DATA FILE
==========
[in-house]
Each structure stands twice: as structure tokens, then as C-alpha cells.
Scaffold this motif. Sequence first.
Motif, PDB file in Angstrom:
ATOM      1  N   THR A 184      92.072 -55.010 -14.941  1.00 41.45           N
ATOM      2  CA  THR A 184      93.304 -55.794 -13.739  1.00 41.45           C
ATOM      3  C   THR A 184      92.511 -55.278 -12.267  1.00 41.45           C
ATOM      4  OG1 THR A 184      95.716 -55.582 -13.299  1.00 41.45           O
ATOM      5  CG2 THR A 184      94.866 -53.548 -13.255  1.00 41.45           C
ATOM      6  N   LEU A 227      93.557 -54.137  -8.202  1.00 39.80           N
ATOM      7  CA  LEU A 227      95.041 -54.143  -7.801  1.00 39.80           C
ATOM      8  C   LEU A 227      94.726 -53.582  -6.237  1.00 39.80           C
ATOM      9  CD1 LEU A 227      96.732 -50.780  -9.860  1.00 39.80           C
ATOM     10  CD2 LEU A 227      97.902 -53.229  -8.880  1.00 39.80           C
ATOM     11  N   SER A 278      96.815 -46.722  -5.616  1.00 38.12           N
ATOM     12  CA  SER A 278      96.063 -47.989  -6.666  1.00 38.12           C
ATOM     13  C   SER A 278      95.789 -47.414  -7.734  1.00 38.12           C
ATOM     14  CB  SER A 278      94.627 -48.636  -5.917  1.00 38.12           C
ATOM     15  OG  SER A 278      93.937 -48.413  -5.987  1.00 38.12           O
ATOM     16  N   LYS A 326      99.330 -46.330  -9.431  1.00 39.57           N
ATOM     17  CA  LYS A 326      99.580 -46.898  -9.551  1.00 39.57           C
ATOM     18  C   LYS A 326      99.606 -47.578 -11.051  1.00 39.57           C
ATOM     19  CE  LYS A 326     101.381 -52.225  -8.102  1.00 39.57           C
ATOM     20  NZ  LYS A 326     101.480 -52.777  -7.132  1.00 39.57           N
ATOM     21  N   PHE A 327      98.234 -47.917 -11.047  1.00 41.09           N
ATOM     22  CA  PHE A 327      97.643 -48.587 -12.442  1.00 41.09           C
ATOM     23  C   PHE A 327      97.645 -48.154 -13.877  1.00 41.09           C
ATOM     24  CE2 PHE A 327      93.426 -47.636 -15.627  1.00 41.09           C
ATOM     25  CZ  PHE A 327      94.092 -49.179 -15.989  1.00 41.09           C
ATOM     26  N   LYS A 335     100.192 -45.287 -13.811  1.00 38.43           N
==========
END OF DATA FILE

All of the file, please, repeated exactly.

[in-house]
Each structure stands twice: as structure tokens, then as C-alpha cells.
Scaffold this motif. Sequence first.
Motif, PDB file in Angstrom:
ATOM      1  N   THR A 184      92.072 -55.010 -14.941  1.00 41.45           N
ATOM      2  CA  THR A 184      93.304 -55.794 -13.739  1.00 41.45           C
ATOM      3  C   THR A 184      92.511 -55.278 -12.267  1.00 41.45           C
ATOM      4  OG1 THR A 184      95.716 -55.582 -13.299  1.00 41.45           O
ATOM      5  CG2 THR A 184      94.866 -53.548 -13.255  1.00 41.45           C
ATOM      6  N   LEU A 227      93.557 -54.137  -8.202  1.00 39.80           N
ATOM      7  CA  LEU A 227      95.041 -54.143  -7.801  1.00 39.80           C
ATOM      8  C   LEU A 227      94.726 -53.582  -6.237  1.00 39.80           C
ATOM      9  CD1 LEU A 227      96.732 -50.780  -9.860  1.00 39.80           C
ATOM     10  CD2 LEU A 227      97.902 -53.229  -8.880  1.00 39.80           C
ATOM     11  N   SER A 278      96.815 -46.722  -5.616  1.00 38.12           N
ATOM     12  CA  SER A 278      96.063 -47.989  -6.666  1.00 38.12           C
ATOM     13  C   SER A 278      95.789 -47.414  -7.734  1.00 38.12           C
ATOM     14  CB  SER A 278      94.627 -48.636  -5.917  1.00 38.12           C
ATOM     15  OG  SER A 278      93.937 -48.413  -5.987  1.00 38.12           O
ATOM     16  N   LYS A 326      99.330 -46.330  -9.431  1.00 39.57           N
ATOM     17  CA  LYS A 326      99.580 -46.898  -9.551  1.00 39.57           C
ATOM     18  C   LYS A 326      99.606 -47.578 -11.051  1.00 39.57           C
ATOM     19  CE  LYS A 326     101.381 -52.225  -8.102  1.00 39.57           C
ATOM     20  NZ  LYS A 326     101.480 -52.777  -7.132  1.00 39.57           N
ATOM     21  N   PHE A 327      98.234 -47.917 -11.047  1.00 41.09           N
ATOM     22  CA  PHE A 327      97.643 -48.587 -12.442  1.00 41.09           C
ATOM     23  C   PHE A 327      97.645 -48.154 -13.877  1.00 41.09           C
ATOM     24  CE2 PHE A 327      93.426 -47.636 -15.627  1.00 41.09           C
ATOM     25  CZ  PHE A 327      94.092 -49.179 -15.989  1.00 41.09           C
ATOM     26  N   LYS A 335     100.192 -45.287 -13.811  1.00 38.43           N